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Iraqi family finds religious freedom in Greenville

GREENVILLE—Ramiz Askar remembers the day in 2006 that changed his family’s life forever.

Mr. Askar, an engineer, was in his home in Baghdad, Iraq, with his wife and daughter on a Friday, his customary day off.

“All of a sudden I saw a crowd of people outside the house wearing khaki uniforms,” Mr. Askar recalled during a recent interview. “They entered my house, broke down the door, and came in. The men had machine guns and other weapons. They took me down in front of my wife and daughter and they put a gun to my head.”

That day was the culmination of two years of increasing harassment they experienced because they were Christian. He was not harmed, but he saw the writing on the wall: The Askars would have to leave their home country.

They are just one of thousands of Christian families who have since fled Iraq because of persecution and violence. Some took refuge in other Middle Eastern countries such as Jordan, others in Europe, and still more, like the Askars, eventually made it to the United States.

Mr. Askar, his wife Ikram, their three children, and his parents ended up in Greenville. The Upstate city in South Carolina is worlds away from the lives they left behind in Baghdad, but they have found one thing they no longer had in Iraq: safety.

Before the U.S. invasion and the subsequent war in 2003, Mr. Askar said people of different faiths lived peacefully together in Iraq, even under the shadow of Saddam Hussein’s dictatorship.

Askar3-web“People didn’t ask if you were Muslim, Christian, that sort of thing,” he said. “What counted is if you belonged to or supported the right political party.”

In the wake of Hussein’s fall, however, religious rifts emerged as the country struggled to form a new government. He said some Muslim extremists who were in the majority in their part of Baghdad started to make life difficult for Christians and other religious minorities.

“I had worked for the government before and now worked for an American company, and they started threatening me, calling me an unbeliever and saying I was working for unbelievers,” Mr. Askar said.

His daughter, Riam, who was then in middle school, was harassed for not wearing a traditional headscarf like many Muslim women. There were other daily slights, insults and threats.

Then the men with guns came to the house. After that, Mr. Askar and his family packed up only what they could easily move themselves and fled to Jordan, where they stayed for two years. In 2008, he learned about a program that helped Iraqis who had worked for the United States to move here, so he applied to bring his family. Initially, he was told he could bring only his wife and daughter, but he would not leave Jordan without his grown sons and his parents.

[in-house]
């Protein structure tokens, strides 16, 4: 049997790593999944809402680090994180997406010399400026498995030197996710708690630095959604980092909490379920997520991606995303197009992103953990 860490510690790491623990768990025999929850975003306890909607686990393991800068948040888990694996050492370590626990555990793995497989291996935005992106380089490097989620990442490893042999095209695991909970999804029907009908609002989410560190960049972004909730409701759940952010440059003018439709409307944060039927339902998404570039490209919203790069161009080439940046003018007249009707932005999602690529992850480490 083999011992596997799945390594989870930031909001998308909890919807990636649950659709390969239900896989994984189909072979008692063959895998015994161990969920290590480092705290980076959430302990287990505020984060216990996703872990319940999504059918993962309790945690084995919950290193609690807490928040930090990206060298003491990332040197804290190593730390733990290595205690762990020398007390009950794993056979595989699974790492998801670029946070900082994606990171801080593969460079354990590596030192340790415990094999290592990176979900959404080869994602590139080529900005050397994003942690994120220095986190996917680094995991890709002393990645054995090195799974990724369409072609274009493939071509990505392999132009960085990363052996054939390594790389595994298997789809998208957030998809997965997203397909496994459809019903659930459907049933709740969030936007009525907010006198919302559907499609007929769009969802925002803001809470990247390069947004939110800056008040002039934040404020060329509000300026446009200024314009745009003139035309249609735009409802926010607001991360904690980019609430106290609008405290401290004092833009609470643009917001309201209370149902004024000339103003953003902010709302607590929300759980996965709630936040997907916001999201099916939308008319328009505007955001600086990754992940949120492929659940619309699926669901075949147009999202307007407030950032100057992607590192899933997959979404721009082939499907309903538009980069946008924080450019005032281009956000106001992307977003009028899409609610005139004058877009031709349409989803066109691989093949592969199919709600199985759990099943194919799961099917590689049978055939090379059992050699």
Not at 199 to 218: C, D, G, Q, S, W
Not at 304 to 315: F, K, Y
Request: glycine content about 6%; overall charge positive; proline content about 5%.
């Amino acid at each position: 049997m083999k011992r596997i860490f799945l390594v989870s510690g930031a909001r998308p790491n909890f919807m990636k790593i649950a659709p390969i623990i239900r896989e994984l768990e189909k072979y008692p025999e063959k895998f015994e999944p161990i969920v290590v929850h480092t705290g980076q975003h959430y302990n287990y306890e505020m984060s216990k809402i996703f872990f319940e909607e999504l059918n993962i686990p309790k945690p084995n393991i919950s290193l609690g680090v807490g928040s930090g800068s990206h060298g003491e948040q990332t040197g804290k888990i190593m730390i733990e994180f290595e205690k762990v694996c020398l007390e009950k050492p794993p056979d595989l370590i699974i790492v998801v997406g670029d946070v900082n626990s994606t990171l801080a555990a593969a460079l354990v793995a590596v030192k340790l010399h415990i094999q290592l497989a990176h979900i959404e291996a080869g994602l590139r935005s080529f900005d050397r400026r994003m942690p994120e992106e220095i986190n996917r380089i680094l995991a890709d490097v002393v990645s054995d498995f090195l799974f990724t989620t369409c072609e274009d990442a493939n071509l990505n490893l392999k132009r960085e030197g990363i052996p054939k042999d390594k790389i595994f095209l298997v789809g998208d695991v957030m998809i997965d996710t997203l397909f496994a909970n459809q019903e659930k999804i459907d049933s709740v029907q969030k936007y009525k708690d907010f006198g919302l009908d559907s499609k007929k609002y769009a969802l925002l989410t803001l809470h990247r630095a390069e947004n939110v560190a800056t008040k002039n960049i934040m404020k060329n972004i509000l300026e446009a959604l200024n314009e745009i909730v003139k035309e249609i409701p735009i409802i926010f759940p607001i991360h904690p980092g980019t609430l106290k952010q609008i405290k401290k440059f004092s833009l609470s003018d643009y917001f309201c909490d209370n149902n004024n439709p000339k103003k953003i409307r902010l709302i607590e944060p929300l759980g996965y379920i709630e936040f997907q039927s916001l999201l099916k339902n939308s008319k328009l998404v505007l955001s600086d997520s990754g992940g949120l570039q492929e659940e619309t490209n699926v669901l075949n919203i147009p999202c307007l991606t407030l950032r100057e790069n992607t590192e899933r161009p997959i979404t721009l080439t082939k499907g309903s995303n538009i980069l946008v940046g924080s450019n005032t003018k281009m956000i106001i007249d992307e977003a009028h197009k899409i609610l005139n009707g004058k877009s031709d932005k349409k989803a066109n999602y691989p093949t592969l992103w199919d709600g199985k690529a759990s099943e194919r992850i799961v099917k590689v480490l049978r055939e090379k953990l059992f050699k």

Mrs. Askar had an uncle living in Greenville who agreed to sponsor the family, and they all arrived on Dec. 10, 2008.

A Lutheran organization helped the family find a house and settle in. They also found a new spiritual home at St. Rafka Maronite Church in Greer, which has many members of Middle Eastern descent, including other Iraqis. All of the Askars were eventually able to become U.S. citizens.

Mr. Askar acknowledges adjusting to life here has not always been easy, but the family is thankful for the help they’ve received, the opportunity to worship as they choose and the simple fact they are safe.

The job market has been one of the challenges. He has worked as a translator for health care systems in Greenville because at age 61, he is unable to find any jobs in engineering. Mrs. Askar works in an alterations shop run by her uncle. One son, also an engineer, couldn’t find work near the family and eventually took a job overseas. Their daughter is studying to be a pharmacist. Mr. Askar’s other son and his parents still live in the Greenville area.

Adjusting to the more laid-back Southern way of life in Greenville has also been challenging after living so many years in big, bustling cities in the Middle East. But that, he said, is a small concern compared to the situation he left behind in Iraq.

Now, one of Mr. Askar’s greatest wishes is that his fellow Americans don’t turn a blind eye to the stories of Christian persecution they see in the news media.

“Christians are suffering over there and most people don’t know about it,” he said. “It is suffering like Christ went through. I want people to know what they are going through and I wish people would do what they can to help these persecuted Christians to come here. You can save their lives by doing that.”






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